Princess Mononoke may not be the most current anime production there is, but the issues raised here are issues that every generation has to discover anew for itself: part with the old and look only ahead or honor custom and ritual. Only the problem is, things are never that easy, and this is what Monononke shows us in its relentless visual language, so if you are up for that and have not yet seen Princess Mononoke, I recommend that you have at it.


Alexandra Seidel is a Rhysling nominated poet, writer, and editor. She has a powerful affection for the unreal and strange, the weird, the wicked, and naturally, the beautiful. She loves speculative writing because all these things come together there with the power to create universes. Oh, she also likes tigers, who doesn’t.

Alexa’s work has appeared in Jabberwocky, Strange Horizons, Goblin Fruit, and elsewhere. Her first book, “All Our Dark Lovers,” is forthcoming in 2013 from Morrigan Books. She is the poetry editor for Niteblade and the managing editor of Fantastique Unfettered. You can read her blog (which she really tries to update once or twice a month) at  www.tigerinthematchstickbox.blogspot.com or follow her on Twitter @Alexa_Seidel.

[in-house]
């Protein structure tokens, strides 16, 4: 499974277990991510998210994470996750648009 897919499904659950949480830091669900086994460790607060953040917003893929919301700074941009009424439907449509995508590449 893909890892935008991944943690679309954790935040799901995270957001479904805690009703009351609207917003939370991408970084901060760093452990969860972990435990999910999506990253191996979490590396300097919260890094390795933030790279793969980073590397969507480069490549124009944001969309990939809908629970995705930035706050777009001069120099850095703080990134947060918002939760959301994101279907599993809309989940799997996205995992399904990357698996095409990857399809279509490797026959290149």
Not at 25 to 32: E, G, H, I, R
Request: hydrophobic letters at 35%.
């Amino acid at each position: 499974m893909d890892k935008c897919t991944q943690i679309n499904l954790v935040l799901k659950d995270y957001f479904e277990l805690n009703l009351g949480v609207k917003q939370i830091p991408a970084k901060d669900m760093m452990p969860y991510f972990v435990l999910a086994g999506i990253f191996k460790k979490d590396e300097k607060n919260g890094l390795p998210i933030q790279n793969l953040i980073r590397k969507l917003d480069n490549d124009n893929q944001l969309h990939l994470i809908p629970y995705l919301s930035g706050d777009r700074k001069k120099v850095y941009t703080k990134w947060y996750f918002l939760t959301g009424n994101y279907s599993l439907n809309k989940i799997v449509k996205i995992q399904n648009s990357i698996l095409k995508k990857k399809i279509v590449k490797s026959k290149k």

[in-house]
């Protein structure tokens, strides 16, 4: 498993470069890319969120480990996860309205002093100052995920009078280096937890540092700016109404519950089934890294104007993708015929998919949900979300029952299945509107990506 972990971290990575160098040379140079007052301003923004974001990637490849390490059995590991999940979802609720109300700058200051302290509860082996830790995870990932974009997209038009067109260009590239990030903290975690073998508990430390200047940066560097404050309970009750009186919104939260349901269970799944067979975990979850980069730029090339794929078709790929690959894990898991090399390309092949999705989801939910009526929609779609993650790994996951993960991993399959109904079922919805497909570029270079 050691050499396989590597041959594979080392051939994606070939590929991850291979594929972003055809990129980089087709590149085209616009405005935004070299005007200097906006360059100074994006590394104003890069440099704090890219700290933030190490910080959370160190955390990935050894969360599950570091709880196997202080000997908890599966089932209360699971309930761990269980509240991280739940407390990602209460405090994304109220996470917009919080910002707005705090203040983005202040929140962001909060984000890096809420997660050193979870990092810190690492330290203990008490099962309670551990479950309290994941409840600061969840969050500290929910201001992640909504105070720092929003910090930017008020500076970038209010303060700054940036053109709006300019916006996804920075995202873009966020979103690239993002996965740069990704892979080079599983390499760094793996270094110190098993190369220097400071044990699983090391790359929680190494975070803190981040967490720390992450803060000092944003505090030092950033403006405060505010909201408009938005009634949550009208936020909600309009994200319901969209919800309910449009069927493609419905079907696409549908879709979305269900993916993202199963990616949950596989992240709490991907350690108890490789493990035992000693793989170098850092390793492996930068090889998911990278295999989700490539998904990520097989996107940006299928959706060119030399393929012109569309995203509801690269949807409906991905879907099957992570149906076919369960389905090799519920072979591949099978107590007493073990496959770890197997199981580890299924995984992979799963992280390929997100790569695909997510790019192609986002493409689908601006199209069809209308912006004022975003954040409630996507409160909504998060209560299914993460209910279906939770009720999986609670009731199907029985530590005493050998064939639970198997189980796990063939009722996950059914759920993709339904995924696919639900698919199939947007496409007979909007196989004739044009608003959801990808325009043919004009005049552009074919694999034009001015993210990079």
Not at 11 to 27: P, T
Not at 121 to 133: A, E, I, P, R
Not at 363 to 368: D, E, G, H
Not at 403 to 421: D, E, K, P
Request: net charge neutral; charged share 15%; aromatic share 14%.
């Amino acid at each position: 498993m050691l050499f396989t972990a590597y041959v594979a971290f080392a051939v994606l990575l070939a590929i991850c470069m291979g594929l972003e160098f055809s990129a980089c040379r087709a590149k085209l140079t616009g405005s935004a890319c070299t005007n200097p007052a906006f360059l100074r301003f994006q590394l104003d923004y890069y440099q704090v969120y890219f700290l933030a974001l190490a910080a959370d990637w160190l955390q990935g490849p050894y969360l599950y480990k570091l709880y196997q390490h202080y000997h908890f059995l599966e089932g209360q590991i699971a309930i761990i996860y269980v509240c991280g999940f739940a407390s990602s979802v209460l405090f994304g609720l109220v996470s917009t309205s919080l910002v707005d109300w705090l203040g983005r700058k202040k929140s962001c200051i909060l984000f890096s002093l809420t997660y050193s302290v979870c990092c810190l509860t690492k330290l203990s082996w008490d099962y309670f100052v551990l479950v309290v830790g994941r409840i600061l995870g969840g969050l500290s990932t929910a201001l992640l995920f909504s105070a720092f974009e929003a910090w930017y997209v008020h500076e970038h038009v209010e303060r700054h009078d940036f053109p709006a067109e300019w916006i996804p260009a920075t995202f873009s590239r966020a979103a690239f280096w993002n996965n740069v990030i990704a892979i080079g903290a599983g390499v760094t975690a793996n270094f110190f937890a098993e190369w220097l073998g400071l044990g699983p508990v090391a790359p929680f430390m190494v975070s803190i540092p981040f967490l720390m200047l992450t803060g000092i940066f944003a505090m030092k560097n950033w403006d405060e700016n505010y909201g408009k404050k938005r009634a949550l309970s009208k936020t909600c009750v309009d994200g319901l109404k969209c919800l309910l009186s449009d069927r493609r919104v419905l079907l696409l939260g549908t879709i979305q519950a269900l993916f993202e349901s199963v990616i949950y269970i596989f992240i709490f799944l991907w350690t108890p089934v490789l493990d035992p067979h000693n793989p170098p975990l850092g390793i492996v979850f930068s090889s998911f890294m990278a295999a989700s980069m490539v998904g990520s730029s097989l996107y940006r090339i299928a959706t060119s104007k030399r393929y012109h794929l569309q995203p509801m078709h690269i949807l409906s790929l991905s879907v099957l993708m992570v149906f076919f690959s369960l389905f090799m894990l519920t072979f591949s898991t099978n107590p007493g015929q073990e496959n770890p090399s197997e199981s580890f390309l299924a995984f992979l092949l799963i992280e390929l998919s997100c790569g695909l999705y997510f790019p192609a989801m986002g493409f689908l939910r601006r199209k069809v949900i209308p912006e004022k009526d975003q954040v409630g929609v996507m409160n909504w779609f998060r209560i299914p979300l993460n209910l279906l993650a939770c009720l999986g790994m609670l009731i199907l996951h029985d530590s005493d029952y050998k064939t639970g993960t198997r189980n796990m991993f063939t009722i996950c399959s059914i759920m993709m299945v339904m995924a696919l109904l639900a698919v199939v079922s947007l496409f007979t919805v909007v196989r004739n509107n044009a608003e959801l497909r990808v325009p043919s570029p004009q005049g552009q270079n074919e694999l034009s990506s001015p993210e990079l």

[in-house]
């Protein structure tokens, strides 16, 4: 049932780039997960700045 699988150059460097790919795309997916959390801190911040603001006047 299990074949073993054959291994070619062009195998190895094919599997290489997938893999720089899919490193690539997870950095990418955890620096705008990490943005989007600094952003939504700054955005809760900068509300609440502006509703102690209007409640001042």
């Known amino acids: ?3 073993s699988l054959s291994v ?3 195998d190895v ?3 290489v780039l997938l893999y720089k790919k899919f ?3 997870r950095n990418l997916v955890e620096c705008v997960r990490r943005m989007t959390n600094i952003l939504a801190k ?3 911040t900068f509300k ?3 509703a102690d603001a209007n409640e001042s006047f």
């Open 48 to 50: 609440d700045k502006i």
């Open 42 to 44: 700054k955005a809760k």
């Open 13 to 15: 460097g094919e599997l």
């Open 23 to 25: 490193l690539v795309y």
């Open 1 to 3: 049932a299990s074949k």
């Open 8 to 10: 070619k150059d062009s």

Tad Williams’ The War of the Flowers by Miya Kressin

Tad Williams’ The War of the Flowers

by Miya Kressin

What would you do to stay alive? Would you abandon your world, your friends? Would you leave everything behind because what was in front of you was far less deadly than where you were, even if “tamer” or even “less frightening” could never apply? Would you destroy half your race just to create a world safe for you? Would you steal a child?

“We are none of us promised anything but the last breath we take, Theo Vilmos.” ~Mud Bug Button

For power? Would you kill friends or family? If you had the ability, would you use ancient magics banned by your society to destroy them? Would you destroy your way of life and force your way into unknown waters for the sake of a chance at being the new royalty? Would you create a changeling?